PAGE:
In my quest to better understand that life form known as Homo Republicanus I am repeatedly struck by that species’ revulsion to anything having to do with the State of California. But that being said I have noticed that members of this tribe — who can be readily identified by putting “Don’t California My Texas” bumper stickers on their vehicles — tend to demonstrate some decidedly California-like behavior when it comes to politics.
To set the stage for this I have to tell you that I argued against Proposition 4 (which passed). I realize now that a better argument would have been to compare it to a similar measure that passed in California back in 1978. My thesis for this column is the idea that Texas in 2019 is a lot like California was in 1978 and I think there are a few lessons we can learn from this comparison.
To set the stage it will be noted that California was experiencing rapid population and economic growth in the early ’70s but, like the rest of the country, there was also a rapid inflationary cycle driving prices up for everything from basic consumer goods to housing. Texas today is also experiencing the population and economic growth that California had but the inflationary cycle of the 1970s has been substituted with wage stagnation which, for all intents and purposes with regards to your bank account, is basically the same thing.
The 1960s and early ’70s also saw the birth of a political career that would have vast implications for the Republican Party and how that party would frame the relationship between the individual/taxpayer and the government for years to come. Ladies and gentlemen — meet Ronald Reagan.
Now whereas Reagan had campaigned for Barry Goldwater on the basis of hardcore conservative ideology, he did some decidedly un-Republican things by today’s standards once elected to the governorship: legalizing abortion, raising taxes and revoking the right to openly carry firearms. Naturally, the powers that be who put him in office supported a recall election to get him out. On that basis his second term saw a metamorphosis where Ronnie laid the groundwork for what came to known as Proposition 13. Prop 13 went on the ballot shortly after Reagan left office. It passed into law over the objections of Jerry Brown — a Democrat who was also known as being a fiscal conservative. Reagan went into national politics as the taxpayer’s champion. Jerry Brown had to clean up the mess.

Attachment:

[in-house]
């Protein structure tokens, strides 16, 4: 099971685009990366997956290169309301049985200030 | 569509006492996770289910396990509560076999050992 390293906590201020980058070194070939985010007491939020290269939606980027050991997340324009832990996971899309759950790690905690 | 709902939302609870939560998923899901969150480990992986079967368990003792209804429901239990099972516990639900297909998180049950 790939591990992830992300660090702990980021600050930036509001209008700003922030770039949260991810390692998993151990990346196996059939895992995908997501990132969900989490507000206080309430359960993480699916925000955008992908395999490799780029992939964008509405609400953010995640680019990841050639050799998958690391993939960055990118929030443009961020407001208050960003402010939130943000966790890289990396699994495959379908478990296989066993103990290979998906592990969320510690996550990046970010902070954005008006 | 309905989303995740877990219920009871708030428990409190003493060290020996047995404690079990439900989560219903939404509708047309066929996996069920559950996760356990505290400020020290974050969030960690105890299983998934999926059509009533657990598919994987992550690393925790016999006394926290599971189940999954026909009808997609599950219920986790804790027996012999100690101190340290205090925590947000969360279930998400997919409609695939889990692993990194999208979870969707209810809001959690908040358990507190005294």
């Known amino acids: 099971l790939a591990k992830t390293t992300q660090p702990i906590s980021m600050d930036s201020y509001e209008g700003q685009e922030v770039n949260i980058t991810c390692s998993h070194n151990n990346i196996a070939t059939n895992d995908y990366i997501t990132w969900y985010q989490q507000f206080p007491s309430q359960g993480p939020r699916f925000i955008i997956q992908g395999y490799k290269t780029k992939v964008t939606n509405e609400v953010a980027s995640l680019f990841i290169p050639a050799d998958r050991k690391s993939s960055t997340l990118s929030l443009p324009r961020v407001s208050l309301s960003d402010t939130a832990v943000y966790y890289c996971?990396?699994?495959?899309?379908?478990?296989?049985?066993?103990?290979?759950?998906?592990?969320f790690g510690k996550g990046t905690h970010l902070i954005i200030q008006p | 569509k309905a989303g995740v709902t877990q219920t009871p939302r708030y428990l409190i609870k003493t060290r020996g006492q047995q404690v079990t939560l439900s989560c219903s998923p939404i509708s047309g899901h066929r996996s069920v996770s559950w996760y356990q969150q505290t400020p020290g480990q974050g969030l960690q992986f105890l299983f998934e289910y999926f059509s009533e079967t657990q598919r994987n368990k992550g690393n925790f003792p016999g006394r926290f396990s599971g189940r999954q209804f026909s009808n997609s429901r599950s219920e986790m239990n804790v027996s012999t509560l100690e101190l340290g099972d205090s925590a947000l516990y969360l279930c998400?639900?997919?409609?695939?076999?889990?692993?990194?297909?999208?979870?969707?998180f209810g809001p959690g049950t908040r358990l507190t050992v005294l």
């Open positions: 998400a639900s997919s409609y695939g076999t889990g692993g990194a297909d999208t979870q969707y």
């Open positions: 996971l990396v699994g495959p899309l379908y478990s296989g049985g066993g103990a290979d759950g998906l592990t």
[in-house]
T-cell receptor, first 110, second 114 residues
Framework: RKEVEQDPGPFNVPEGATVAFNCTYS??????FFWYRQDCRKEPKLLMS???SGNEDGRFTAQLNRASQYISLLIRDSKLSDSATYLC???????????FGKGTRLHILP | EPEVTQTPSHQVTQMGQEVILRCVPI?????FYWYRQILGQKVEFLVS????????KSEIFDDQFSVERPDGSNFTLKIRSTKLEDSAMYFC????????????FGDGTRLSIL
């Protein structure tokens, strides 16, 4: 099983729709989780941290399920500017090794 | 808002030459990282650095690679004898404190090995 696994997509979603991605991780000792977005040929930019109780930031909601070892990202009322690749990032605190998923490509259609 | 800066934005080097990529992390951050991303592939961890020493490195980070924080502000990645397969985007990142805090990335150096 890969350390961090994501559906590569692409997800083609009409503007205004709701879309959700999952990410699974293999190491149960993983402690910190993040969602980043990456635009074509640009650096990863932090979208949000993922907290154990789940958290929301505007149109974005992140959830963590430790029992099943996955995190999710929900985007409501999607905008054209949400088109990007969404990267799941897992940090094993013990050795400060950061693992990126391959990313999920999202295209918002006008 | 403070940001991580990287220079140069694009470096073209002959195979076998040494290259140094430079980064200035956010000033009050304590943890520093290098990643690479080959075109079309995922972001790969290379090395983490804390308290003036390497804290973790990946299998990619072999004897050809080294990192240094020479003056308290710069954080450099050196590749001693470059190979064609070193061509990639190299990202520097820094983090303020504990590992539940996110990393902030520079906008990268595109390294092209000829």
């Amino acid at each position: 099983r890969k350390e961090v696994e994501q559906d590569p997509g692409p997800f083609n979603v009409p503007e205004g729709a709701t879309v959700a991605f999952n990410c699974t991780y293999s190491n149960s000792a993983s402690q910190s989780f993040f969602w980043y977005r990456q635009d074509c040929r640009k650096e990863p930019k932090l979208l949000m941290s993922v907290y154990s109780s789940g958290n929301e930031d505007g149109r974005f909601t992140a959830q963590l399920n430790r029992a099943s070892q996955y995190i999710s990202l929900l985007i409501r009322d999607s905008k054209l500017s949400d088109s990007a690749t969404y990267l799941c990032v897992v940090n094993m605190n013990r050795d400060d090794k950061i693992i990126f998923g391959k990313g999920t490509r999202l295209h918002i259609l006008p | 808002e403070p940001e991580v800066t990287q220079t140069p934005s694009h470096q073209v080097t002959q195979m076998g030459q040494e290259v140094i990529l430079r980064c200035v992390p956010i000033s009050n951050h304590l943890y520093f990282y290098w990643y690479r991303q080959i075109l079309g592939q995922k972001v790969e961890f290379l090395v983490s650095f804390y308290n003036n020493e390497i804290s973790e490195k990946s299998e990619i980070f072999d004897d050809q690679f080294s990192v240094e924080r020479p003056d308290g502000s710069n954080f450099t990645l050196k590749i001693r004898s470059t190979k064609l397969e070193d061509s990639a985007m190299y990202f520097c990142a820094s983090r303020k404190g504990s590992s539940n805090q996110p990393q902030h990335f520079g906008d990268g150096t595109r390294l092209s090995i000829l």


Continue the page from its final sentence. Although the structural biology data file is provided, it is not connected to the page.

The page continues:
Prop 13 limited property taxes in California to 1% of assessed values and indexed any increase to the rate of inflation. On this basis the state lost out on over half a trillion dollars in funding on property taxes since Prop 13 went into law. I’m sure that sounds like a great idea to all of you who recently received your tax bills from the county. But here’s the bad news — which can more objectively be labeled as a “fact” — things cost money.
Because “facts” are as much of an anathema to Homo Republicanus as California is let me spell this out for you. Firstly we’ll take a look at the idea that government should be run “like a business.” I will point out that whereas a business seeks to maximize profits, a government’s purpose is to provide services. Yes, some of the methods for achieving these goals are similar but they are two different goals.
Prop 13’s effects favored the established property-owning class at the expense of everybody else. The growth of the state economy slowed, housing prices soared, the quality of public education faltered, etc. The state income tax had to be raised and a host of new taxes had to be introduced to make up for the shortfall. As usual, Democrats got the blame for doing the responsible thing.
Whether the funds come from income tax, property tax, sales tax or whatever in the end the funds just have to be there — or you can adopt the Homo Republicanus economic theory and mortgage your grandchildren. And, no, I don’t like paying any more than absolutely necessary but I believe that paying my fair share is as much of a privilege as it is a duty.
I can guarantee you that some business group is going to challenge the state franchise tax based on the new wording in Prop 4 — my over/under on this is within 18 months. But don’t worry. We can always take another lesson from the GOP manual on economic theory and do what we always do to balance the budget — give education the shaft! Mark my words. It’s going to happen.